Generally, a widow or widower can’t receive benefits if he or she remarries before age 60 (50 if disabled), unless that marriage ends in death, divorce, or annulment. Getting remarried after age 60 (50 if disabled) does not affect a person’s eligibility for survivor’s benefits.

How do I find out if I’m eligible?

The Social Security Administration accepts many different mental health conditions and physical disabilities, including osteoarthritis and rheumatoid arthritis. The stipulation is that your medical records must “prove” that your condition is severe. In other words, it must affect your ability to work and earn a paycheck.

You may be eligible for SSD benefits if your arthritis (or any other medical condition you may have) can be characterized as follows:

  • It prevents you from working in any capacity or earning above a certain amount — not just from doing the job you held previously.
  • It has lasted — or is expected to last — for at least one year.
  • It is life-threatening.

Keep in mind that the Social Security Administration is going to review your medical records, work history, and other personal information. It’s critical that you have an official diagnosis, see your doctor or specialist regularly, and follow the prescribed treatment plan. Failing to do so may make you ineligible to receive SSD benefits.


To get started, contact the Social Security Administration, either by calling (800) 722-1213, visiting www.ssa.gov to apply online, or making an appointment at a local Social Security district office.

When you submit your application, the Social Security Administration will review your medical records for an official diagnosis and information on your treatment plan. They also will evaluate your age, education, and work history. It’s critical that you attend medical appointments and follow through with your prescribed treatment plan. Failing to do so could hinder your chances of receiving SSD benefits.

The claims process can take 120 days or more. Those approved receive SSD benefits after their sixth full month of disability. If approved, your SSD payments are retroactive from the date you were evaluated as disabled. Money you receive is based on your average lifetime earnings. Note, however, that your SSD medical benefits do not kick in until the 29th month from the date you’re considered disabled.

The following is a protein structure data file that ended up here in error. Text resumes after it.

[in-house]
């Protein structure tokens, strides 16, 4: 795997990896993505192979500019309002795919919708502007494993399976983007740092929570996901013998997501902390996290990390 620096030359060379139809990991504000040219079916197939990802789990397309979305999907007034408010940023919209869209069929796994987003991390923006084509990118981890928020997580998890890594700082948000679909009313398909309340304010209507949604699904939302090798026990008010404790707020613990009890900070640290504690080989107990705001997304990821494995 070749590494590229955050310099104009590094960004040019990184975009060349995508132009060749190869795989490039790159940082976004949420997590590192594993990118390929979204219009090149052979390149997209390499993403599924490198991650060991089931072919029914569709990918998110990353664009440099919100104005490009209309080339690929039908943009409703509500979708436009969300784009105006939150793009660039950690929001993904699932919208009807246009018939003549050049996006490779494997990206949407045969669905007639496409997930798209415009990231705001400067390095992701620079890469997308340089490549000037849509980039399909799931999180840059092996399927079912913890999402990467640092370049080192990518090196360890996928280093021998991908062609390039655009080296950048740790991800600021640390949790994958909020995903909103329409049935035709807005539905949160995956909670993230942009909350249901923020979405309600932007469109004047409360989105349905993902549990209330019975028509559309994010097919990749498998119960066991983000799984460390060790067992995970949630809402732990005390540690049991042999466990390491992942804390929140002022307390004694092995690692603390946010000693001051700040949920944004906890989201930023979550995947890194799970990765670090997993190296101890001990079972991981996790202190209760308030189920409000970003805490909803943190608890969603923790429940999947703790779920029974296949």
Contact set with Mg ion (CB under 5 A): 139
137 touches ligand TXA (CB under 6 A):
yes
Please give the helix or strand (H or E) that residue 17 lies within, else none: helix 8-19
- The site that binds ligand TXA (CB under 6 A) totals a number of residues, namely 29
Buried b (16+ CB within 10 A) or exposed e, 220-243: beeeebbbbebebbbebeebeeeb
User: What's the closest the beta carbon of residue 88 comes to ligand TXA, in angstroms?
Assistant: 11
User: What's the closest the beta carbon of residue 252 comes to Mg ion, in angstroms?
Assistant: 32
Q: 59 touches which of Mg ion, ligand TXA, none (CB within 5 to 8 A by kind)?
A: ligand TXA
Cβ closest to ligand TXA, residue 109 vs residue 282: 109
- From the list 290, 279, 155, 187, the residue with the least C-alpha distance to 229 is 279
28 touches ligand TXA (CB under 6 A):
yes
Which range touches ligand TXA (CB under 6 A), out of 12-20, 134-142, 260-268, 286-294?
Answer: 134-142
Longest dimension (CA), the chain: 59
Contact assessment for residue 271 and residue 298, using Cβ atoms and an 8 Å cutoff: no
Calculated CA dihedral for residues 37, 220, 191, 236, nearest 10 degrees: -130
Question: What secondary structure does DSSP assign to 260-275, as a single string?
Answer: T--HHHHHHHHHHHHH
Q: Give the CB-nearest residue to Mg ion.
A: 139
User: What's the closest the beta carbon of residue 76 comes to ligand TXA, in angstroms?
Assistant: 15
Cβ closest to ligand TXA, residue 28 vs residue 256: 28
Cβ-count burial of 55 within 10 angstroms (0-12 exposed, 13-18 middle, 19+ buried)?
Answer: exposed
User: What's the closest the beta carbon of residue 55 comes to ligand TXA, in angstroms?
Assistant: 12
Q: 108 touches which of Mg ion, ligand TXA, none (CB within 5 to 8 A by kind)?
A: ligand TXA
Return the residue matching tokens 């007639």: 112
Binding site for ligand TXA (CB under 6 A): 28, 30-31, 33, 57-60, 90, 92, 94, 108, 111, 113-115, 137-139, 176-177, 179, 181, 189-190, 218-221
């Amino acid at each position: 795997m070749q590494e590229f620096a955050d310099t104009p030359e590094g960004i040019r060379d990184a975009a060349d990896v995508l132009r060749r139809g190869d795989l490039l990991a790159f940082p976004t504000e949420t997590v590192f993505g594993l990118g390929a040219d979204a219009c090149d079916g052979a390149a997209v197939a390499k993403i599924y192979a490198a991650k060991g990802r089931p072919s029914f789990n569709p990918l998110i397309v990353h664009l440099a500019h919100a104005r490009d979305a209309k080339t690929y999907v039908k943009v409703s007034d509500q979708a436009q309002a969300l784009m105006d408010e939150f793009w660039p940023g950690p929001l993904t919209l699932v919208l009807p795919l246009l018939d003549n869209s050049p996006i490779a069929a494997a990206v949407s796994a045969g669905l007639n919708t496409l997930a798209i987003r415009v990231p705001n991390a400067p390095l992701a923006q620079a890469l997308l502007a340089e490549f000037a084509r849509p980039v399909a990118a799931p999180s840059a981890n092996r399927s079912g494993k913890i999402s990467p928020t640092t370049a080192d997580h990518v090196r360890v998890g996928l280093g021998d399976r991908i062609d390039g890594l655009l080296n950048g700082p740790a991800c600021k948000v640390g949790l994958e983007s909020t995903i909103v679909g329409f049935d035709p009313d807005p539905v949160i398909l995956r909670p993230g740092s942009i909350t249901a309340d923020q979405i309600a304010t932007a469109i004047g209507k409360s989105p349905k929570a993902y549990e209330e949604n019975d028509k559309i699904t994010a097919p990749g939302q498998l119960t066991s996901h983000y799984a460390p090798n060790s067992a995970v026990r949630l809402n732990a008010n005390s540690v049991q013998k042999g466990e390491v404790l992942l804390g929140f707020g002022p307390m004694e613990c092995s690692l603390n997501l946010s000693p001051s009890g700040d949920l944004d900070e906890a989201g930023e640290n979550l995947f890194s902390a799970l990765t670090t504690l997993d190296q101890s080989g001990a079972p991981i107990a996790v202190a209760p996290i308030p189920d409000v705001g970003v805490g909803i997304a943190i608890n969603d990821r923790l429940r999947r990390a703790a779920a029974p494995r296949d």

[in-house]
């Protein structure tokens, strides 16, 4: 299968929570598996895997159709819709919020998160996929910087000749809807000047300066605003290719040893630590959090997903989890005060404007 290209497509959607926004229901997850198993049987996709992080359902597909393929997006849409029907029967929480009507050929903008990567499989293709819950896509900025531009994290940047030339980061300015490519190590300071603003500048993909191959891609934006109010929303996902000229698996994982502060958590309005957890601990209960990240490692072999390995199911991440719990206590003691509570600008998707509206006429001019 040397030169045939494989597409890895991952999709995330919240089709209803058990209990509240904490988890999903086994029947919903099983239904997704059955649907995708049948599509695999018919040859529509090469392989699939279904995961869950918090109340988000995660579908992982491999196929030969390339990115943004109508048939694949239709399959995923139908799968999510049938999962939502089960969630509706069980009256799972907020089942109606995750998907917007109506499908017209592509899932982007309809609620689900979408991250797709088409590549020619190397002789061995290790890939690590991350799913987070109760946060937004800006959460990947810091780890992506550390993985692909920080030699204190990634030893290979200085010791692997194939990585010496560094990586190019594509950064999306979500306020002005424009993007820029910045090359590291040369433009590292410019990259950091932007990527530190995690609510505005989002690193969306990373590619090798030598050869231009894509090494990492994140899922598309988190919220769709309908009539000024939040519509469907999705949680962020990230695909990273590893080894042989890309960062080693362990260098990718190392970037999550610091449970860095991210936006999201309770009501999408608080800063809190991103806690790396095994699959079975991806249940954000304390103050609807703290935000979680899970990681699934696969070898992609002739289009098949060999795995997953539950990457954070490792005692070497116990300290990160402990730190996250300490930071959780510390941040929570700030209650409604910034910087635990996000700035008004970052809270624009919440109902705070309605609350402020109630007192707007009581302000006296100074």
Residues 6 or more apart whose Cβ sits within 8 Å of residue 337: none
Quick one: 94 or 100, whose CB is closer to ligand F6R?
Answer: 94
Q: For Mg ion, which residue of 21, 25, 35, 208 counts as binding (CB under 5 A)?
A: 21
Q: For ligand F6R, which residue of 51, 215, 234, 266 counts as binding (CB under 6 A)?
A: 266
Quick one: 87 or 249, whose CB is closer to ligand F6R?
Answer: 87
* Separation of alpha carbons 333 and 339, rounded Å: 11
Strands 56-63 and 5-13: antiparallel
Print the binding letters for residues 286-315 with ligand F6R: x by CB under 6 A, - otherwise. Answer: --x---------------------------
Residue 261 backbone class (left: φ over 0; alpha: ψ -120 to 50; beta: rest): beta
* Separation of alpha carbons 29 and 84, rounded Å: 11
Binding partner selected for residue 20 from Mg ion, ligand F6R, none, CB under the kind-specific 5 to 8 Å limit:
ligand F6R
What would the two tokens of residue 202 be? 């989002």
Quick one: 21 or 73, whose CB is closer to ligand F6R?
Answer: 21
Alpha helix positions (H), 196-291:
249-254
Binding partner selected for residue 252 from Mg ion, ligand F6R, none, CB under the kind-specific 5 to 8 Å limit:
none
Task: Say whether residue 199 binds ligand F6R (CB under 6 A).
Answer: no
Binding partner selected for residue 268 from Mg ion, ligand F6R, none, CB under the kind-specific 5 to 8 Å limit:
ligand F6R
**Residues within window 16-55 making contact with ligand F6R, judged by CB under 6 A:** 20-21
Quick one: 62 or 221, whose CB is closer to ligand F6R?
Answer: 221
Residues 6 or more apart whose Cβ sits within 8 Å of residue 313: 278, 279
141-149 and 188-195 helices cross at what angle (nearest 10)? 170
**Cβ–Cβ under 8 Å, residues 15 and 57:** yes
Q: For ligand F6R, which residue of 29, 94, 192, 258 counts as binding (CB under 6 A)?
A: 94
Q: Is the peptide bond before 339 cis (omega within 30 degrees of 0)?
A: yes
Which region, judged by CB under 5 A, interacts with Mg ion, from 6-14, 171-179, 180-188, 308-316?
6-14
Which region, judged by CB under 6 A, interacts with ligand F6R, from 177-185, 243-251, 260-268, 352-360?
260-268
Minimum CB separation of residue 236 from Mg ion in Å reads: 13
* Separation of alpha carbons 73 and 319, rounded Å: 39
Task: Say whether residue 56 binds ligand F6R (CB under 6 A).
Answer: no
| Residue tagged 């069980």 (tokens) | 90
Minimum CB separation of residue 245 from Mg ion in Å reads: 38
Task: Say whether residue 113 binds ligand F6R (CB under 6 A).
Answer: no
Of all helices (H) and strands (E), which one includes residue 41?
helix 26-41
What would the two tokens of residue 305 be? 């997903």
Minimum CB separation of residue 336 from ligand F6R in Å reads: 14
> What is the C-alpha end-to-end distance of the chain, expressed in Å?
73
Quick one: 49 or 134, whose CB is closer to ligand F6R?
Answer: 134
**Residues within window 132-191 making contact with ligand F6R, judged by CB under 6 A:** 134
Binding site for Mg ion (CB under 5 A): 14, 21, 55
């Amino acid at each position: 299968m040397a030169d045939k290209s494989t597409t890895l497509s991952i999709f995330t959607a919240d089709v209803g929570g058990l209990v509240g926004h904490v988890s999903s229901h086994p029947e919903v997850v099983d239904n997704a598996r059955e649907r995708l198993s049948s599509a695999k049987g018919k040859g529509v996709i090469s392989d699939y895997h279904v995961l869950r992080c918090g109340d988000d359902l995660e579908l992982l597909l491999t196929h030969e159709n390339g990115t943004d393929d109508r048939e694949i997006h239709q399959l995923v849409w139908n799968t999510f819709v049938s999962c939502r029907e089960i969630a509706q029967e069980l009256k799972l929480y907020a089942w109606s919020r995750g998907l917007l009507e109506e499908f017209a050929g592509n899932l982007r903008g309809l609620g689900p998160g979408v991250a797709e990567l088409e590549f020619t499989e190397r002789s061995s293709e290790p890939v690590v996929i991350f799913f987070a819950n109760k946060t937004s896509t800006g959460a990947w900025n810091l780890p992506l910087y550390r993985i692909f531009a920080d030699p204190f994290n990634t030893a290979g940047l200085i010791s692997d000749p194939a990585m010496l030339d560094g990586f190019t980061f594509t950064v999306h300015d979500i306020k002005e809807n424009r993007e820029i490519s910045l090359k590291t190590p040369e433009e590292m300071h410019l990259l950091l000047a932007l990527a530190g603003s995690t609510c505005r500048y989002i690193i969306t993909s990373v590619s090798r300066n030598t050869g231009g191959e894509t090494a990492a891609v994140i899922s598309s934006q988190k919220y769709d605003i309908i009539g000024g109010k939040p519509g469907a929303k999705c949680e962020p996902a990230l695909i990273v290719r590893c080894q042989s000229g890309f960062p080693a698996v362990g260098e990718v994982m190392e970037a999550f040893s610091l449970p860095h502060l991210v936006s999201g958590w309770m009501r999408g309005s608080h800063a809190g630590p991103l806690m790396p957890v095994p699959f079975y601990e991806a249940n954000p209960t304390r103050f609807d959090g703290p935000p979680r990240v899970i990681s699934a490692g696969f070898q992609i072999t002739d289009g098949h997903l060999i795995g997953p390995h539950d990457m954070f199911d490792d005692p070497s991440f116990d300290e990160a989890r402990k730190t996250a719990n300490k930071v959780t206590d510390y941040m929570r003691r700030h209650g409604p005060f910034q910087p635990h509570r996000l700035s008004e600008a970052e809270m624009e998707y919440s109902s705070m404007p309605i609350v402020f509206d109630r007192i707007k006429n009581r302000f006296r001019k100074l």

Denied claims

If the Social Security Administration denies your initial application, don’t give up. Remember, the government rejects over three-quarters of claims. But you must act quickly. You have only 60 days to either request a reconsideration of your case (a procedure available in most but not all states) or request an appeal. You can reapply after that period, but in that case the process starts all over again.

Hearing. If you decide to appeal a denial, you’ll first go to a hearing. You may have to wait anywhere from 12 to 18 months for a hearing. If you hire an attorney, he will meet with you prior to the hearing to talk about the details of your case and tell you what to expect. You’ll have an opportunity to ask questions.

The hearing doesn’t require formal dress, but you should look presentable. Some people wear T-shirts, button-down shirts, or sweatpants due to their medical conditions. Keep in mind that you’ll be appearing before a judge, and you’ll want to look respectful.

An administrative law judge will conduct your hearing. During the hearing, you’ll be asked for basic information about your education, work experience, and current medical treatment. You’ll need to explain how arthritis affects your life, the symptoms and limitations you experience, and how they prevent you from working.

Usually a vocational expert will testify at your hearing. He will talk about your work history and how arthritis keeps you from being able to work.

The administrative law judge will not issue a decision on the day of the hearing. He will evaluate all the evidence on record, as well as any additional evidence brought to the hearing.

You will receive a “Notice of Decision” anywhere from two to six months after your hearing. If you have an attorney, he will receive the notice at the same time as you do.

If you don’t agree with the administrative law judge’s decision, you can move on to the Appeals Council.

Appeals Council. The Appeals Council can choose to review your claim and give a decision, not review your claim, or give your claim back to the administrative law judge for further review.

The average processing time for the Appeals Council is 18–24 months. You (and your attorney, if you have one) will receive a copy of the decision or a copy of the order sending it back to the administrative law judge for further consideration.